Place 1 eggplant round on top of each slice of bread. Layer 1 tablespoon tomatoes, 1 tablespoon wilted spinach and 1 tablespoon cheese on each slice of eggplant. Repeat with the remaining eggplant, sauce, spinach and cheese. Sprinkle each stack with some of the remaining basil. Place the baking sheet on the grill, close the lid and grill until the eggplant stack is hot and the cheese is melted, 5 to 7 minutes.
Here’s the definition from Urban Dictionary for Modern Vintage: Referring to Modern elements in design, art, and photography that reference and borrow from Vintage elements, or use vintage items interspersed within Modern. Your decorating style is Vintage Modern if you like mixing Vintage with Modern design.
Do you think only their hairdressers know for sure? Most do not care. 75% of women dye their hair, and they believe by doing it, they’re boosting their confidence. Here’s another statistic: Six out of 67 female members of the House of Representatives show gray but none of the 14 female US senators do. I admit to falling into the “do” category with low-lights. Between visits, I know two tricks for touching them up. I smear Vaseline along the hairline and back of ears before stroking color with an artist’s brush. Low-lights cover about half of my gray.
How do you feel about going gray? Do you feel it’s more authentic? Emmylou Harris, 64, has let her hair go white naturally. Do white haired women have more fun than blondes?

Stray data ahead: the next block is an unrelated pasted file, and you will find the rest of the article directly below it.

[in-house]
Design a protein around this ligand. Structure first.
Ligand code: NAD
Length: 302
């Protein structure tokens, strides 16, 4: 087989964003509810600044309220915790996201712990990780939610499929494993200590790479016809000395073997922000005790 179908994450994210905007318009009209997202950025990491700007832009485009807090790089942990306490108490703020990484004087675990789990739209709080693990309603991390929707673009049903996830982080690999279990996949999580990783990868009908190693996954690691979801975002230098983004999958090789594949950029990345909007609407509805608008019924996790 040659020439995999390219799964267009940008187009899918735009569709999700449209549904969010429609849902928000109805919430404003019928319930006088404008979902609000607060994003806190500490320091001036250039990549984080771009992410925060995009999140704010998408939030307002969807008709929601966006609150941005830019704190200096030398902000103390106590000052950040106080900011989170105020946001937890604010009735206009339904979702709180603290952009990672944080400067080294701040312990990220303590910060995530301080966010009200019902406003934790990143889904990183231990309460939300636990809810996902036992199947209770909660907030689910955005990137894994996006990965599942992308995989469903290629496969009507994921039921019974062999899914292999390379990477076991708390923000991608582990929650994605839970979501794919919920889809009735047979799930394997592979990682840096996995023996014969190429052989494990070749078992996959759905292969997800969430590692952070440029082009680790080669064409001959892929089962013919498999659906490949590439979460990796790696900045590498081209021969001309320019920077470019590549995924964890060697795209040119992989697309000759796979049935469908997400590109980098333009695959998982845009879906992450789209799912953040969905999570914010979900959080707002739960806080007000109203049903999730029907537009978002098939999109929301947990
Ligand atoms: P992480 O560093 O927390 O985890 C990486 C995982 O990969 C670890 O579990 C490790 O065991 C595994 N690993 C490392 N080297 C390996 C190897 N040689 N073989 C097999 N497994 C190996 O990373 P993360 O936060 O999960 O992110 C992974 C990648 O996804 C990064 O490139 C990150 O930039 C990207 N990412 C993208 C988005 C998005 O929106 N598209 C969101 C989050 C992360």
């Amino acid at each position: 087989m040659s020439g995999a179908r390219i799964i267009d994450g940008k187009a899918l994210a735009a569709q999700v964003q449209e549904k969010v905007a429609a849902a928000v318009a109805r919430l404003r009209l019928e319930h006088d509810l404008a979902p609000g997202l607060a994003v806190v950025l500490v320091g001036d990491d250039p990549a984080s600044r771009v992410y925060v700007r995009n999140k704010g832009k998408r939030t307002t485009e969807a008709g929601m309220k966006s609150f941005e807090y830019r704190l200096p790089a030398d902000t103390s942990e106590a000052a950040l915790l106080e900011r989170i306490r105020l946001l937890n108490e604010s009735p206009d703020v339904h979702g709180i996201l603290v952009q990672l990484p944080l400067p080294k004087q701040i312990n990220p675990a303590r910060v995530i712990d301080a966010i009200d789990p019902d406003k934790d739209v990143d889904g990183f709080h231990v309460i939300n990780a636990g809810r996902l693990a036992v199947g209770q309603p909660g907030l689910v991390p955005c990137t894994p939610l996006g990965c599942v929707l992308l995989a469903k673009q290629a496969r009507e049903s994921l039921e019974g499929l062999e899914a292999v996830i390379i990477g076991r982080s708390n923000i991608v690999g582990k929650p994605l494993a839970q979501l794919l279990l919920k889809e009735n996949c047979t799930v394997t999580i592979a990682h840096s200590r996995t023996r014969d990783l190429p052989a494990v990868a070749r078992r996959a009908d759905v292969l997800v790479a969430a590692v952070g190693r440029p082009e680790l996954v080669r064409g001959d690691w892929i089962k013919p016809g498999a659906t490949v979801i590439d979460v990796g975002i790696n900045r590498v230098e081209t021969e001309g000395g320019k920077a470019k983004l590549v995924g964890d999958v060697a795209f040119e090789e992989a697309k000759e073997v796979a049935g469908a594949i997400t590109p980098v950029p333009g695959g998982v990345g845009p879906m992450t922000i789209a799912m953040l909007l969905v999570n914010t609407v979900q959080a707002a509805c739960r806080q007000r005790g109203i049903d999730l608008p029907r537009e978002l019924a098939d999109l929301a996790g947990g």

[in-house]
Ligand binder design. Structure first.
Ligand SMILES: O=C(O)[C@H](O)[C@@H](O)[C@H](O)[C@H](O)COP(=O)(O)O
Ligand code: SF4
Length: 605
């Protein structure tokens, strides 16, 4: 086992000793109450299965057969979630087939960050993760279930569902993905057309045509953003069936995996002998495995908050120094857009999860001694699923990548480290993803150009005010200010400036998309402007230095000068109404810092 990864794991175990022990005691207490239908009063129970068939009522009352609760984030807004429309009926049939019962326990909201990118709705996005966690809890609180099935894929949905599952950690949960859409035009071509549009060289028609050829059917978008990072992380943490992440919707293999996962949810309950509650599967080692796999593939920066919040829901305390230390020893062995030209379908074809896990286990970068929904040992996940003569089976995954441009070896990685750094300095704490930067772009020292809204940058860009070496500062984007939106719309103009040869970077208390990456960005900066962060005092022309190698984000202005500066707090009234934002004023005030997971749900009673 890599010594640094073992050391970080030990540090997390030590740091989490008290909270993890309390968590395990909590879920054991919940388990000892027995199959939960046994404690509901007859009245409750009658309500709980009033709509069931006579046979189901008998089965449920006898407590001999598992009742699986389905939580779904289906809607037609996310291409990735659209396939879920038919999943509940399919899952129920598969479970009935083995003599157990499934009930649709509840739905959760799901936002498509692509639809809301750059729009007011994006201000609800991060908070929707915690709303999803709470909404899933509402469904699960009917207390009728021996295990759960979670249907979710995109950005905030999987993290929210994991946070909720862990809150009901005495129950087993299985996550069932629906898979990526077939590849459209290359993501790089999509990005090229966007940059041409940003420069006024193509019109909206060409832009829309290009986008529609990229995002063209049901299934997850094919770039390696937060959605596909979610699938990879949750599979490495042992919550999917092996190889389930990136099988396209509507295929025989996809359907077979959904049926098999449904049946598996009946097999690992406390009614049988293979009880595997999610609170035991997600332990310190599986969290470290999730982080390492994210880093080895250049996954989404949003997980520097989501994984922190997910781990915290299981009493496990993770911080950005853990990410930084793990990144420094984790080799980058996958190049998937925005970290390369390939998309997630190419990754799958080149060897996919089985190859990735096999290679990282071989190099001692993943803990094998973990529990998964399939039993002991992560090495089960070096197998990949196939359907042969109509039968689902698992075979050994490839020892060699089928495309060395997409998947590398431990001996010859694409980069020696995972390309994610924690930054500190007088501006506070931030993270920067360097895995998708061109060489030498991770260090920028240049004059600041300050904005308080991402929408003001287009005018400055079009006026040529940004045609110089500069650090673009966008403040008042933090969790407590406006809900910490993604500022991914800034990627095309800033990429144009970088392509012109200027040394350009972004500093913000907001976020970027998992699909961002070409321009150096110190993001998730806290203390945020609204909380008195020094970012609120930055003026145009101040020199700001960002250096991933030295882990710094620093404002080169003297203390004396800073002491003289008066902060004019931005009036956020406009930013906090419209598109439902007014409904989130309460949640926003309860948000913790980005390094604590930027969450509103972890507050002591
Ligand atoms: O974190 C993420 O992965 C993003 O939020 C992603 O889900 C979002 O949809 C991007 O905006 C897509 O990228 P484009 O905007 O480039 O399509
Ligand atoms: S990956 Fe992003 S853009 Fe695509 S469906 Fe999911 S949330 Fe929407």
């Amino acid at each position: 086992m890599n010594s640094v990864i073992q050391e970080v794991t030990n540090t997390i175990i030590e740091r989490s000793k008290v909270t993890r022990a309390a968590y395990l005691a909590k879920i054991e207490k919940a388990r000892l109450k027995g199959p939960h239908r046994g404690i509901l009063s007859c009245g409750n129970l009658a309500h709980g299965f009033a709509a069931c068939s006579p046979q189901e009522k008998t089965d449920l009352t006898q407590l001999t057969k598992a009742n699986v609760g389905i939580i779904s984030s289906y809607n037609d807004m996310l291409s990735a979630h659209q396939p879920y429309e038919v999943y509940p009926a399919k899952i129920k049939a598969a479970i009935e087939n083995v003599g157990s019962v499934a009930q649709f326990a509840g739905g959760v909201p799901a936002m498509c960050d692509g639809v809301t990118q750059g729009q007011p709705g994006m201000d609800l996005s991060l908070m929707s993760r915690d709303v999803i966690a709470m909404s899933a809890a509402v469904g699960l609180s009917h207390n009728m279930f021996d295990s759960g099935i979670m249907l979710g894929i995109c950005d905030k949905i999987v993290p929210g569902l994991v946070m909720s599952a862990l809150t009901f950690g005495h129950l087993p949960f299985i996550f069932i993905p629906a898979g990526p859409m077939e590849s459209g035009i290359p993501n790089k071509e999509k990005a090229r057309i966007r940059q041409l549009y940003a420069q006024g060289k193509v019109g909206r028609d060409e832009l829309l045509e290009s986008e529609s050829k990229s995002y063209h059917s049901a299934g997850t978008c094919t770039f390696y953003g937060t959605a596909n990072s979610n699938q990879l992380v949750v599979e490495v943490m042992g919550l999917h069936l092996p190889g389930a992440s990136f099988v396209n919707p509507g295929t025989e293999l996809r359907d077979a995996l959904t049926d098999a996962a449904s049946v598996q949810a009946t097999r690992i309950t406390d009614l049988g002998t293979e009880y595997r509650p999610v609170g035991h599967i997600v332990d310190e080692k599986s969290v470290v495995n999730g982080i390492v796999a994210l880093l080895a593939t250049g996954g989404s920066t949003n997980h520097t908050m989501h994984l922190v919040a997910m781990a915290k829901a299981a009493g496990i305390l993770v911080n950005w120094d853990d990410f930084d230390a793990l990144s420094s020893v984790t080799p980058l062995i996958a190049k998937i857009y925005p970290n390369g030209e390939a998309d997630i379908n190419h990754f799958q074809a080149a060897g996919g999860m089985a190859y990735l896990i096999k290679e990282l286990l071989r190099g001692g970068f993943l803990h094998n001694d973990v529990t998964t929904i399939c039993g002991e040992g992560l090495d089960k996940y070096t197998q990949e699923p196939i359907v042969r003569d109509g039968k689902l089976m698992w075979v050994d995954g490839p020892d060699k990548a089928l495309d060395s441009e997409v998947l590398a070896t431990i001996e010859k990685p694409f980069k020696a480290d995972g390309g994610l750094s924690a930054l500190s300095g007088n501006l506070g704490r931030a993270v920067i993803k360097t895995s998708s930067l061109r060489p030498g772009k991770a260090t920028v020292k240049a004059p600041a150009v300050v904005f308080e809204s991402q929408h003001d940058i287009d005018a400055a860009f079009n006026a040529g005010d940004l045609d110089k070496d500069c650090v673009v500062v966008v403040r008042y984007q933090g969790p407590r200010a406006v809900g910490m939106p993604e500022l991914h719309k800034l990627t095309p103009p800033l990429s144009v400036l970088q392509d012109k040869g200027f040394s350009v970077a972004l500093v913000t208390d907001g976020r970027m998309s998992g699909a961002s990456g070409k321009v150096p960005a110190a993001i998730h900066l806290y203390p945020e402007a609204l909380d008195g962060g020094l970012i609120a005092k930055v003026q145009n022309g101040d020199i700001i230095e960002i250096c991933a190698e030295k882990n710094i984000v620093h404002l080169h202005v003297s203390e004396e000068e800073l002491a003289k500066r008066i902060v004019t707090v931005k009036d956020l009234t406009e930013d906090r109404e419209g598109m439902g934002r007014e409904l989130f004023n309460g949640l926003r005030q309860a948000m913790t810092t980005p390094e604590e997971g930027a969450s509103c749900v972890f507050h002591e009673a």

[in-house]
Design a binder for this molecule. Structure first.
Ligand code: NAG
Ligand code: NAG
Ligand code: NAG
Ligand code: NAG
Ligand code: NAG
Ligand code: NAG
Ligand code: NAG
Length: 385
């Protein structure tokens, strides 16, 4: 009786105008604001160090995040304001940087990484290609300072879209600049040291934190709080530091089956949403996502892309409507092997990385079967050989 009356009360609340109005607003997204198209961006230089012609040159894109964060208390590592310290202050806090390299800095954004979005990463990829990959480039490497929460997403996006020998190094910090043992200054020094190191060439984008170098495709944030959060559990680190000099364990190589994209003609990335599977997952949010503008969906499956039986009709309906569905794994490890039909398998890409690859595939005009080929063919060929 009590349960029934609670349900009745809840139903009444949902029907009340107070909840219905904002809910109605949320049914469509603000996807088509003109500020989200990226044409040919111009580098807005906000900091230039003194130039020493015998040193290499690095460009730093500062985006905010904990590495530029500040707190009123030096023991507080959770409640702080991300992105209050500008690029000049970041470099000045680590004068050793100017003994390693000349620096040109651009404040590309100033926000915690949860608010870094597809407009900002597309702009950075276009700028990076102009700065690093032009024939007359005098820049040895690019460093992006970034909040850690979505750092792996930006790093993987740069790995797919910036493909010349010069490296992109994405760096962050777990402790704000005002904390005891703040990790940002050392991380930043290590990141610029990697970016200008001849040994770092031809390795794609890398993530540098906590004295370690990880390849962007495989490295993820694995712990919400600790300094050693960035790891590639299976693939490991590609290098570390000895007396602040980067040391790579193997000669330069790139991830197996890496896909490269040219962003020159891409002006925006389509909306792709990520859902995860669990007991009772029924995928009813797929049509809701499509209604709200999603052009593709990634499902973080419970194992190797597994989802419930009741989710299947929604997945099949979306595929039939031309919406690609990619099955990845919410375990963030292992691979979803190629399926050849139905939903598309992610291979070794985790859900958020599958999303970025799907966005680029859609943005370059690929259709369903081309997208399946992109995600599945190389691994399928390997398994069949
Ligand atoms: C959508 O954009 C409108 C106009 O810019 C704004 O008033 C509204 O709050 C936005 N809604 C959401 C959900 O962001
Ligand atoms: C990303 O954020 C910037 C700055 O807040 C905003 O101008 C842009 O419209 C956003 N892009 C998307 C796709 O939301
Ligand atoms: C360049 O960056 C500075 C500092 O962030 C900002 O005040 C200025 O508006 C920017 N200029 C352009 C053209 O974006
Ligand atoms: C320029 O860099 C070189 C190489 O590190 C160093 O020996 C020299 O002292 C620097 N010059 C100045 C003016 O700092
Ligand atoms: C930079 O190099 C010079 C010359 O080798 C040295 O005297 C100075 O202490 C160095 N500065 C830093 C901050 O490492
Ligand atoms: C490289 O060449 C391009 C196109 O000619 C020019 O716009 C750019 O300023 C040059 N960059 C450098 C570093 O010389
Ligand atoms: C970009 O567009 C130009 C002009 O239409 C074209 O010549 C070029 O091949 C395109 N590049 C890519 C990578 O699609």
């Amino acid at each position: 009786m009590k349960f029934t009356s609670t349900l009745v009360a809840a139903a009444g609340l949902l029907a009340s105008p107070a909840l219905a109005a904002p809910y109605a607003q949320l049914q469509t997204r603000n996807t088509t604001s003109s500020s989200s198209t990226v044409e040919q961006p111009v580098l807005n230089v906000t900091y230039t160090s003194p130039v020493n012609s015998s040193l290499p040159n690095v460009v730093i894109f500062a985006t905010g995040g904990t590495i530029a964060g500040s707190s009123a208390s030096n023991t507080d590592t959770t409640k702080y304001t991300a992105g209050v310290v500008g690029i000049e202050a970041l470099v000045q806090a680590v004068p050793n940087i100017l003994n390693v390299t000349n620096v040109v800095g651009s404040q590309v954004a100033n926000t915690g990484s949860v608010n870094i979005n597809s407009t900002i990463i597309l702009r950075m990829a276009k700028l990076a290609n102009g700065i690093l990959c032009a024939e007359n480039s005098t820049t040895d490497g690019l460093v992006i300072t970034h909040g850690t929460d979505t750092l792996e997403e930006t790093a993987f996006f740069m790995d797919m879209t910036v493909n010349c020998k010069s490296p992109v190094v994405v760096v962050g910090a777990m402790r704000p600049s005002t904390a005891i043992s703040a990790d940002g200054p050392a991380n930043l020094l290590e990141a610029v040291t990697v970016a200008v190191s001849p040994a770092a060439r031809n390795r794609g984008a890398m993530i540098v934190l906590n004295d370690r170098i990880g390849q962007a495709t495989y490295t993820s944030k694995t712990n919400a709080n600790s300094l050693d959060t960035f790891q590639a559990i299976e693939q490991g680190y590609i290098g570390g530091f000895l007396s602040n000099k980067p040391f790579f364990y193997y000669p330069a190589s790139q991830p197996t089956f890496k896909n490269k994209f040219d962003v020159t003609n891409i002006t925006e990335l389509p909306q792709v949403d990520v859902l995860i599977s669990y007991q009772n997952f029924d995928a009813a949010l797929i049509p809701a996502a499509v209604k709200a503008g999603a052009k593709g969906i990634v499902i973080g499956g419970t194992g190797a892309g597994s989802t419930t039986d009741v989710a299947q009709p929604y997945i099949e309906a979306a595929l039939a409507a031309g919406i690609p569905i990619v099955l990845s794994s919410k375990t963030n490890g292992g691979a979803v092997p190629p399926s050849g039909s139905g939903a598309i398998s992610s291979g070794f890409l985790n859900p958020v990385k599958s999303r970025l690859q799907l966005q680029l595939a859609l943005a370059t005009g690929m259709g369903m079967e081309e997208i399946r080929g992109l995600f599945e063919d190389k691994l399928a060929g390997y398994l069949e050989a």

Pho is usually served in the morning. Pho is an herb-scattered fragrant noodle soup, a beefy cardamom-y delight keeps you full for hours. It’s often paired with strong Vietnamese coffee served over sweet condensed milk.
I’m making Pho using Martha Stewart’s recipe. Photo is courtesy of Ryan K. Liebe.
4 pounds beef marrow or knuckle bones, rinsed and patted dry
3 pounds oxtail, rinsed and patted dry
1 2 1/2-pound piece beef brisket, rinsed and patted dry
10 whole cloves
6 whole star-anise pods
2 cinnamon sticks
2 teaspoons black peppercorns
2 teaspoons coriander seeds
1 teaspoon fennel seeds
2 1/2 large onions, 2 halved lengthwise, 1/2 thinly sliced
4 medium shallots
1 4-inch piece fresh ginger, halved lengthwise
2 teaspoons granulated sugar, or a 1 1/2-inch piece yellow rock sugar (available at kalustyans.com)
1/3 to 1/2 cup Vietnamese or Thai fish sauce, such as nuoc nam or nam pla
1 12-ounce piece beef eye of round
2 pounds rice stick noodles
1 bunch scallions, thinly sliced (about 1 cup)
Cilantro sprigs, preferably Vietnamese, for serving
Fresh basil leaves, preferably Thai, for serving
Bean sprouts, for serving
Thai bird or serrano chiles, thinly sliced, for serving
Lime wedges, for serving
Asian chili sauce, such as sambal oelek or Sriracha, for serving
Hoisin sauce, for serving
Bring a large Dutch oven or stockpot of water to a boil. Add beef bones, oxtail, and brisket. Return to a boil; cook 5 minutes. Drain; return beef bones, oxtail, and brisket to pot.
Toast cloves, star anise, cinnamon, peppercorns, coriander, and fennel seeds in a small skillet over medium-high heat, stirring, until fragrant, about 2 minutes. Transfer to pot.
Heat broiler. Place onion halves, shallots, and ginger on a rimmed baking sheet. Broil, turning occasionally, until charred in spots, about 10 minutes. Transfer to pot.
Add enough water to cover (about 8 quarts). Bring to a simmer over medium-high heat; do not boil. Skim foam with a spoon, adjusting heat as necessary to maintain a simmer.